Our Hart, Elegy for a Concubine by Lloyd Lofthouse
These are excerpts from the review—
When we last saw our hero, or should we say, our Hart, 19th century China was being raped, ravaged and rebelled against from every direction. South China has been taken over by European merchants determined to turn the entire country into one big opium den, British military patrolling the Eastern shore are forcing the emperor to pay reparations “for wars China lost but didn’t start,” whilst Christian fanatics called Taiping are waging bloody hell against imperialism.
Enter a broken, distraught man who has just witnessed the rape and murder of one of his two beloved concubines. It is no secret who the perpetrator is, but instead of having the means or status to avenge his love, Robert Hart must “swallow his hate” and go into hiding with his remaining concubine, Ayaou, for as it turns out, it was she who was his nemesis’s intended victim. Some hero!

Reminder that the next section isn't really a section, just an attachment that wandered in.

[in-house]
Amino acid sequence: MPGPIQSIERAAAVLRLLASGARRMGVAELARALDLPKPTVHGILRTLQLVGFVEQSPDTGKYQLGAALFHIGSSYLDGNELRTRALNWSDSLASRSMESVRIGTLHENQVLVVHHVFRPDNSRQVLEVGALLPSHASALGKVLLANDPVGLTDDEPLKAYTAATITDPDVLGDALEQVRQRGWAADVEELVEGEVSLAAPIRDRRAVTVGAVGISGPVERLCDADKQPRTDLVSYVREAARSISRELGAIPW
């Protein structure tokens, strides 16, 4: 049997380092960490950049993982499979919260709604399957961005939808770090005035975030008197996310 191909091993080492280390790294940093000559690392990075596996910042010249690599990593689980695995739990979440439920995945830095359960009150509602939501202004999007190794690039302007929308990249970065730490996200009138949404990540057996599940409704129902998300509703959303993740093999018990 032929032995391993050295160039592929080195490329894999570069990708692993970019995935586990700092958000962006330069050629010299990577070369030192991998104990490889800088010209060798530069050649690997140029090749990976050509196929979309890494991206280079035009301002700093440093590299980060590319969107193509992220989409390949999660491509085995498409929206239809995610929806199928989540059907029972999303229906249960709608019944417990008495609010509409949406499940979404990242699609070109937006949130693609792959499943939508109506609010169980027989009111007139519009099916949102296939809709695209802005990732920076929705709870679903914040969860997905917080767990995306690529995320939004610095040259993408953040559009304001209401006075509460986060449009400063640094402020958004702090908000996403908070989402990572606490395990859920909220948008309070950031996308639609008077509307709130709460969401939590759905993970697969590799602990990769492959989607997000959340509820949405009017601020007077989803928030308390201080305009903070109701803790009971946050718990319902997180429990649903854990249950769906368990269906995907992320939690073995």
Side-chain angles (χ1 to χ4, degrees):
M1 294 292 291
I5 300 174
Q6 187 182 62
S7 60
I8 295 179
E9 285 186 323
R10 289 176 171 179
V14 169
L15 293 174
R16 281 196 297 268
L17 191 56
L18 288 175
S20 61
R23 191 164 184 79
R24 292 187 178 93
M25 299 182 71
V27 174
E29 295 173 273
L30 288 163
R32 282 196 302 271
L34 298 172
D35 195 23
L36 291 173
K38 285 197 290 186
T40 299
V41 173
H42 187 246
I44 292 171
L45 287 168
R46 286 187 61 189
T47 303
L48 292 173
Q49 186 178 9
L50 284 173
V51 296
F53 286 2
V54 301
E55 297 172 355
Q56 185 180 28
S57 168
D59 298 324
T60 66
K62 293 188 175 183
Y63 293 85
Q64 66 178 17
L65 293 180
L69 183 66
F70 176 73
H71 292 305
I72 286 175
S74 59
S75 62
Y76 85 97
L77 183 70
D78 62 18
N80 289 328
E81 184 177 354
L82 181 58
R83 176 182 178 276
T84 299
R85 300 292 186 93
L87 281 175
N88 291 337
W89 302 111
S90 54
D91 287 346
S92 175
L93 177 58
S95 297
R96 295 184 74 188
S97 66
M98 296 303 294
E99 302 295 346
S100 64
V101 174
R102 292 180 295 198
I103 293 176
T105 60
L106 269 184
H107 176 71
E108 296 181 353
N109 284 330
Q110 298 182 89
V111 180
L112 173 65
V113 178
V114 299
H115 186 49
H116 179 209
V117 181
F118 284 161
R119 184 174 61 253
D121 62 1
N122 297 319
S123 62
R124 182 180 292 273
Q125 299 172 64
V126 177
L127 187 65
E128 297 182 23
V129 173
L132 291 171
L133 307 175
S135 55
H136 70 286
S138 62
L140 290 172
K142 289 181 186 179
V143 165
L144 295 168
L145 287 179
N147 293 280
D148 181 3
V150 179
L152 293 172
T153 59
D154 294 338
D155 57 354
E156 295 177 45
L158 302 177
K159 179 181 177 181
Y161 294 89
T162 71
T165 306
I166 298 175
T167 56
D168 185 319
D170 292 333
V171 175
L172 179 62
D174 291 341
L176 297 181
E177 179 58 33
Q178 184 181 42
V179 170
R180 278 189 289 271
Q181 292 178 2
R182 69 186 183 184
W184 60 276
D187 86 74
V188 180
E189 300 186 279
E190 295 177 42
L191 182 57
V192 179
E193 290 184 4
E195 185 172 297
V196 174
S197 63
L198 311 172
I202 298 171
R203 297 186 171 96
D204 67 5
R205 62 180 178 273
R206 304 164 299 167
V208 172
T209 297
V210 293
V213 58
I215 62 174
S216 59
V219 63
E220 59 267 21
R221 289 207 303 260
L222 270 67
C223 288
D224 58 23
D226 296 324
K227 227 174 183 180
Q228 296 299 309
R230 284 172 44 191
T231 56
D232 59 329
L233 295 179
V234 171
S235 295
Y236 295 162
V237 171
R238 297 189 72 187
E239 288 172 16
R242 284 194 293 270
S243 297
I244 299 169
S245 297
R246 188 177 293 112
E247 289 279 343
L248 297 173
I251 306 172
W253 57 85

From dealing with the bedroom complexities that came with having two competing concubines, to dealing with the political complexities of competing imperial officials; from the weight of a pubescent concubine in Robert Hart’s arms to the weight of an ancient empire on his shoulders, the story of ‘Our Hart’ is divided by romantic drama and political intrigue as the protagonist himself is divided by his allegiance to both China and England.
Lofthouse gets down and dirty with gritty, old-fashioned storytelling, proletariat-style, but where author Lofthouse truly shines is his thought-provoking messages on relationships, attitudes and cultures.